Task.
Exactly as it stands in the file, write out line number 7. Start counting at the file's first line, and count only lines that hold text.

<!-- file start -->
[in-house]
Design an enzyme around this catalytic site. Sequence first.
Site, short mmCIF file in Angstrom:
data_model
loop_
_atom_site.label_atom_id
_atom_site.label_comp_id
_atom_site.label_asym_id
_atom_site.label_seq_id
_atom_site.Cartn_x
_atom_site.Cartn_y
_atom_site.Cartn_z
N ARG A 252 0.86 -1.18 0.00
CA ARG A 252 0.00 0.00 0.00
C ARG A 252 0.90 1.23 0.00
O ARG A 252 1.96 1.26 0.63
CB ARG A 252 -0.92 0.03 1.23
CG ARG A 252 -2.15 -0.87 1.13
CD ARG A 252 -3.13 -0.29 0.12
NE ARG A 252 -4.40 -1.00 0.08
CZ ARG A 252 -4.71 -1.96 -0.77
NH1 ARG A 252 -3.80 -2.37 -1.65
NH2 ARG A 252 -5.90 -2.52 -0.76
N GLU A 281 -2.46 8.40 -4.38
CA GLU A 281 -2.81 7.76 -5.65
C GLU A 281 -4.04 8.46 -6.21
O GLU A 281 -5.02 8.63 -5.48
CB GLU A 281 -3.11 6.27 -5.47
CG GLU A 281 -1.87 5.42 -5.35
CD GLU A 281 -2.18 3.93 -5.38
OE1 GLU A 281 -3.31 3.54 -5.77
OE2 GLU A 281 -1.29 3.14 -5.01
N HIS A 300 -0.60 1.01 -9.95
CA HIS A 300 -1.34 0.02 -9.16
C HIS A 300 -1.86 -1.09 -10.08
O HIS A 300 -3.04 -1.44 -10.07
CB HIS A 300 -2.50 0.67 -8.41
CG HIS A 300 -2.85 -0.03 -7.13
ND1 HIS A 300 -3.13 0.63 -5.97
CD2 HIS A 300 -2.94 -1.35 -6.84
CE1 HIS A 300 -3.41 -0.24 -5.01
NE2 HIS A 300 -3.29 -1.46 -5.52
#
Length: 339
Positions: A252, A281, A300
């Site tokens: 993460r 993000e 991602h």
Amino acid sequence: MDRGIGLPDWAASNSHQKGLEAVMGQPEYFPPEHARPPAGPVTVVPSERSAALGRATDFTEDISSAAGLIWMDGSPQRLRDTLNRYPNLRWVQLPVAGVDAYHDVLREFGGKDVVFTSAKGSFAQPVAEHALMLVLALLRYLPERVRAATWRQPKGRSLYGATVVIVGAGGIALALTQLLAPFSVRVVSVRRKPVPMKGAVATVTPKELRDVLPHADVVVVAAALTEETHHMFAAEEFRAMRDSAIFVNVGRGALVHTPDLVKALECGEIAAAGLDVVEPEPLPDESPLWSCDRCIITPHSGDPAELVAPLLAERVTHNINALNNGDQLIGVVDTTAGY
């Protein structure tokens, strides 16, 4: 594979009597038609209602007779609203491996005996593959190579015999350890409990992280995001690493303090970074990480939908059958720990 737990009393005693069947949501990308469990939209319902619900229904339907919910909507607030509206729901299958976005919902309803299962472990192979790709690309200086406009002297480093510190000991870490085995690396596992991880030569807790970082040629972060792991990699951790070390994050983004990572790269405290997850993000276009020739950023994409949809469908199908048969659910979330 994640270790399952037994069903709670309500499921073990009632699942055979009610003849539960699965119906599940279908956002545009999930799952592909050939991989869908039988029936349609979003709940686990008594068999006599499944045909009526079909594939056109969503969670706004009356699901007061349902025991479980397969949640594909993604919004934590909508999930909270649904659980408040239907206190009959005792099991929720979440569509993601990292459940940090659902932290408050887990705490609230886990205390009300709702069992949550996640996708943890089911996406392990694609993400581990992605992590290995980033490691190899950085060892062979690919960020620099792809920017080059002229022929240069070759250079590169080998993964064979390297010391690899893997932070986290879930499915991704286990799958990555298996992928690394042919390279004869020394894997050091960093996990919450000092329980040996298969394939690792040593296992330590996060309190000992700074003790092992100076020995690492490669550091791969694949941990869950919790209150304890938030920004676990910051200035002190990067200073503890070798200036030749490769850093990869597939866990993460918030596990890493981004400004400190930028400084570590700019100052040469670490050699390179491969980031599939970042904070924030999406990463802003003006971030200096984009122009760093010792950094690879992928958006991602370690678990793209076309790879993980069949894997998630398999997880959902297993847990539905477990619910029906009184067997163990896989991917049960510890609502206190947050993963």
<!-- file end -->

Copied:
_atom_site.label_comp_id